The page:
Contrasting a seeming constant barrage of price increases, a new program is providing prescription drug cost relief for Virginians across the state.

Officially introduced on April 16, the prescription-discount Virginia Drug Card is available to every resident regardless of age, income, health condition or insurance status.

"It's just a way to help," Francesco Ciccone, VDC program director, said Monday. In states that offer identical programs, card-carriers save an average of 30 percent on their prescription drug expenditures, he said. Using the card can save up to 70 percent on generic medication and up to 50 per cent on name brands.

Since the card's inception nationwide in 2006, more than $100 million has been saved, Ciccone said. Local pharmacies honoring the card include Commonwealth, CVS, Kmart and Modern. To get the card, Virginians can log on to www.virginiadrugcard.com. No Internet connection is no problem, though, Ciccone said. Interested residents can go to Kmart and mention the card to get savings. Pharmacies and pharmaceutical companies are footing the costs, saving the state and federal government as well.

"Pharmacies wanted to get a loyal customer (base) in hopes of selling more of their goods, like greeting cards, or whatever else, at the store," Ciccone said.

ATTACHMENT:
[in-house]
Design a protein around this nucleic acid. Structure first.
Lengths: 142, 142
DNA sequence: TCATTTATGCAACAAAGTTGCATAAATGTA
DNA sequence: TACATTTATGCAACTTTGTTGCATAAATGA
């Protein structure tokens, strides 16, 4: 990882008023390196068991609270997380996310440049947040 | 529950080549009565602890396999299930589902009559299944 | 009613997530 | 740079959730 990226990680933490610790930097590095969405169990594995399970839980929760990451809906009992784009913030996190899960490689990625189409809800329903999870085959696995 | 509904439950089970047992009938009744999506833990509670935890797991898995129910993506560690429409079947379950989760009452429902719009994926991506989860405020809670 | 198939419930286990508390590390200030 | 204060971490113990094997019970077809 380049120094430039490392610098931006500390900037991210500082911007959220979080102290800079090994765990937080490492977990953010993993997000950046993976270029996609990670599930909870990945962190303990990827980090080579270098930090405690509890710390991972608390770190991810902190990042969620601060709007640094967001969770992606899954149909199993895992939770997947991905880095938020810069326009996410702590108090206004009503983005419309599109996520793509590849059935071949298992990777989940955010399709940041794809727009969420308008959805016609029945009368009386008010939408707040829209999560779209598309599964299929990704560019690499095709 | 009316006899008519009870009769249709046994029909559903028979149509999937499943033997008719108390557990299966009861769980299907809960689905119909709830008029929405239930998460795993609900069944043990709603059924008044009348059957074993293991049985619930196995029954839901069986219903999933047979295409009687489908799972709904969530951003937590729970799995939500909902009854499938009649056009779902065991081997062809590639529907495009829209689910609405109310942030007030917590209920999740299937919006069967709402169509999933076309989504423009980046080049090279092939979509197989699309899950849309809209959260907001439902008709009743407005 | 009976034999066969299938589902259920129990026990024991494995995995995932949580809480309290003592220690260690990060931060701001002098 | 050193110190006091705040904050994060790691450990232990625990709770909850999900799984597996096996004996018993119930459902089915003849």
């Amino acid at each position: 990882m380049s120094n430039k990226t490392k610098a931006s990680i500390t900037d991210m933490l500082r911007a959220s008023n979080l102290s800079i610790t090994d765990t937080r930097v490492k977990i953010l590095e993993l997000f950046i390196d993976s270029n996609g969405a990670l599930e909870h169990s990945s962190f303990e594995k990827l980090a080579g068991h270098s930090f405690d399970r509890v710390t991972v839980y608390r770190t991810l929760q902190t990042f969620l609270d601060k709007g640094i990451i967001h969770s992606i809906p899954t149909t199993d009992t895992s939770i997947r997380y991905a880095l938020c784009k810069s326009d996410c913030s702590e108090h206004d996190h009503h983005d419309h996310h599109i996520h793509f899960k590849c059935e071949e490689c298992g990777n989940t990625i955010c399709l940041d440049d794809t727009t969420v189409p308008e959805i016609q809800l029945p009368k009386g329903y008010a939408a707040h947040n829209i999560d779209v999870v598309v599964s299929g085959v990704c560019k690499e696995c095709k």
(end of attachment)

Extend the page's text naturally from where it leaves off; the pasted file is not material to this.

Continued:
"Pharmaceutical companies are doing it, of course, because they want to be the good guy." There's no catch, no new taxes; it's simply a little pocketbook relief. And with gas and milk costing what they do, it seems like Virginia residents could use a little relief.

By early Monday morning, 13,418 cards had been downloaded from the Web site, and 287 had been mailed out, Ciccone said.

What makes the card particularly useful is that even people with insurance can utilize it, he said. There are a lot of government-assisted programs that help the poor, Ciccone said, but this program helps people with health insurance struggling to pay for pills as well.

"The buzzword (recently) has been Health Savings Accounts," he said, referring to flexible savings accounts many insurance plans offer.

The problem with those, Ciccone explained, is that the carrier has to pay enough out of pocket to reach the deductible before the employer-sponsored insurance money kicks in. In addition, he said, plans often do not cover non-formulary and experimental drugs.

Health insurance has become a dominating topic in times of economic uncertainty and presidential debates. As people increasingly are forced to choose between food, gas and medicine, the number of cards downloaded already indicates that people seem eager to save. "It isn't a cure," Ciccone said, "but it surely does help."

Contact Sarah Arkin at sarkin@registerbee.com or (434) 791-7983.